MARTA using marshals to prevent crime on buses, trains

by: Justin Gray Updated:

A MARTA representative told Gray the bus marshals have helped to reduce crime, particularly a problem they were having with assaults on bus drivers.

WASHINGTON - You've heard of air marshals on planes, but Channel 2’s Justin Gray discovered MARTA is now placing "bus marshals" on buses and trains.
 
Gray uncovered documents revealing MARTA asked the federal government for help because of a troubling rise in crime on MARTA.
 
Through a freedom of information act request Gray obtained a grant application where the transportation service said it needs the bus marshals to fight growing snatch-and-grab robberies on buses.

MARTA rider Roxanne Howard said she sometimes feels unsafe on MARTA, which is her only form of transportation.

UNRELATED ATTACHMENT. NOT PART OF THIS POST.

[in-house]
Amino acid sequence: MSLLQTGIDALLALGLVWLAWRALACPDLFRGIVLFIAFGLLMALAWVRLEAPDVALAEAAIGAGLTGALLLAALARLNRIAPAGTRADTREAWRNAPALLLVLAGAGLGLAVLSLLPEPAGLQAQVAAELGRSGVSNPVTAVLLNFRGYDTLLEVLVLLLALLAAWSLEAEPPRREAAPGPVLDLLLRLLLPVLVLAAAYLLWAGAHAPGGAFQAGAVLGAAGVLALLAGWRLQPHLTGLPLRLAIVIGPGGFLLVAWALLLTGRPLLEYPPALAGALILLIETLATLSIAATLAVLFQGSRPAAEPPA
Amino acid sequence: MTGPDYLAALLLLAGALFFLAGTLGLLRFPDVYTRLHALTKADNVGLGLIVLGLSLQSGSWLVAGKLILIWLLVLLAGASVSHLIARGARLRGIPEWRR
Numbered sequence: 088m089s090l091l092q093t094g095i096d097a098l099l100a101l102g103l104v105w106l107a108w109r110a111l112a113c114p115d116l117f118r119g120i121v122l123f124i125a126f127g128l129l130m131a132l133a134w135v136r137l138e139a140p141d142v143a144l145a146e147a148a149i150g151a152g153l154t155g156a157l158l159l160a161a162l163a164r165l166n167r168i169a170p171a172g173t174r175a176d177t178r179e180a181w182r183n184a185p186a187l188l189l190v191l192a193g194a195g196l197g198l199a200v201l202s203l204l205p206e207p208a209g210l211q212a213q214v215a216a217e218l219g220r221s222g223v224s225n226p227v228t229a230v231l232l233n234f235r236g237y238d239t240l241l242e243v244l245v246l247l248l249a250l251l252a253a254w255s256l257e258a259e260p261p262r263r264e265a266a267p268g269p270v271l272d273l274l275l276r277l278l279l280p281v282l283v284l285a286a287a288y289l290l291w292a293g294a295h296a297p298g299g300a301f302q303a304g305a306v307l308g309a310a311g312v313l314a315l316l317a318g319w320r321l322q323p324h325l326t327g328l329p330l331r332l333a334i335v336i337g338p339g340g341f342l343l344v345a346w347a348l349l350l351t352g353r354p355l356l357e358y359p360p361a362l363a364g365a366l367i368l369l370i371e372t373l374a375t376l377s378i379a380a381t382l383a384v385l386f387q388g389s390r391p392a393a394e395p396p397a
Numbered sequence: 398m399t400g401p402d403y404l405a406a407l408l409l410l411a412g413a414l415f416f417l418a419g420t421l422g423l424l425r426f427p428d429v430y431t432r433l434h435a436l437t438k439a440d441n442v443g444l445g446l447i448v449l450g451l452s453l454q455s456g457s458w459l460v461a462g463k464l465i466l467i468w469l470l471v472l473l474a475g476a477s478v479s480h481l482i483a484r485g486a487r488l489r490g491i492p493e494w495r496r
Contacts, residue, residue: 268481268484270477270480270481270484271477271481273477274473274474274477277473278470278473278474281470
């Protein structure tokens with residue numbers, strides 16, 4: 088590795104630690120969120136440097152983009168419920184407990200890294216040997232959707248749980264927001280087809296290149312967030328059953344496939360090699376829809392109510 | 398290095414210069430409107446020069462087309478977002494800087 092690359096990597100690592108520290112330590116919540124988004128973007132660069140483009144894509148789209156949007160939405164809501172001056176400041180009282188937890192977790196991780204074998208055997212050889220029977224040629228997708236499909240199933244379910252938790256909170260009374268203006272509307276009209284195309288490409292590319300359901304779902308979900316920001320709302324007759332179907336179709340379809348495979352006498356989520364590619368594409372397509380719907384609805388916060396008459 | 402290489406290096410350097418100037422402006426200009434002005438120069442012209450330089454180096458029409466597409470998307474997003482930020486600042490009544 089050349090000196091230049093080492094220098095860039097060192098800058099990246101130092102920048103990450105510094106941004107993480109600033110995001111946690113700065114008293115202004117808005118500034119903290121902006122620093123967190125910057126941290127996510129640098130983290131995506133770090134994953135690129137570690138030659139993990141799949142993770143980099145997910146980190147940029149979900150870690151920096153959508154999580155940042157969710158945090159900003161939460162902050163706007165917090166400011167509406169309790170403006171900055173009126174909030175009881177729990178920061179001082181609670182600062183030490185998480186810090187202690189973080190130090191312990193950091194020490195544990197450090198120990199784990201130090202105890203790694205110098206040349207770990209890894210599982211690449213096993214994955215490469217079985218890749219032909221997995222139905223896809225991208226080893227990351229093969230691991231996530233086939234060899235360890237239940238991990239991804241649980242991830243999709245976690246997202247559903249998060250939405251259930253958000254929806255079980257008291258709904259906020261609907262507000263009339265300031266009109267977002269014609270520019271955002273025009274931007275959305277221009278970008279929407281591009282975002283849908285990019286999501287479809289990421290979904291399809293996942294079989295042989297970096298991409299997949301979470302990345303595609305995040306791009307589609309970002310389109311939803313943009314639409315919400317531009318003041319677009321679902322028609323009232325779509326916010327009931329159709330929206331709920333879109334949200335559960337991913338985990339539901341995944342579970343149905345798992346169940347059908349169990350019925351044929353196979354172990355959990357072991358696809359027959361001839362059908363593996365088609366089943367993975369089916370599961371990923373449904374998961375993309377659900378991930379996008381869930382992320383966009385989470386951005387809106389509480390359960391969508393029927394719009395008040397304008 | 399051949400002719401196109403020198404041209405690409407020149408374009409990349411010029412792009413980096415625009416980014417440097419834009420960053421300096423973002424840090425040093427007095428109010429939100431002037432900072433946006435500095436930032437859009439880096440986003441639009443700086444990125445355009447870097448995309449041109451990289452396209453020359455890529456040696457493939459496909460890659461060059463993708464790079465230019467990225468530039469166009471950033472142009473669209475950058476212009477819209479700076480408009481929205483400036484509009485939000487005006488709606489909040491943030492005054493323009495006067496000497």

“Especially at nighttime, it’s dangerous here and you don't know what might happen to anybody,” Howard said.

The bus marshals would blend in to the crowd, and will be ready to step in and stop a criminal.
 
Air marshals on planes have become a regular part of travel since 9/11.
 
MARTA said the rising problem with crime on board their buses led them to try to create something similar.
 
According to a grant request to get federal funding, MARTA wrote: "After a disturbing cycle of snatch thefts of electronics on our systems and minor assaults, MARTA established a bus marshal program."
 
According to the 2012 grant request, MARTA wanted the undercover officers on 10 percent of the fleet, but didn't have the resources to do it.
 
That's why they asked and received funds from the federal government for five new undercover officers.
 
A MARTA representative told Gray the bus marshals have helped to reduce crime, particularly a problem they were having with assaults on bus drivers.

“I've seen a lot of crazy things on the MARTA so I think that would make me feel safe, then they blend in so you wouldn't know who they were," said MARTA rider Danielle Brown.


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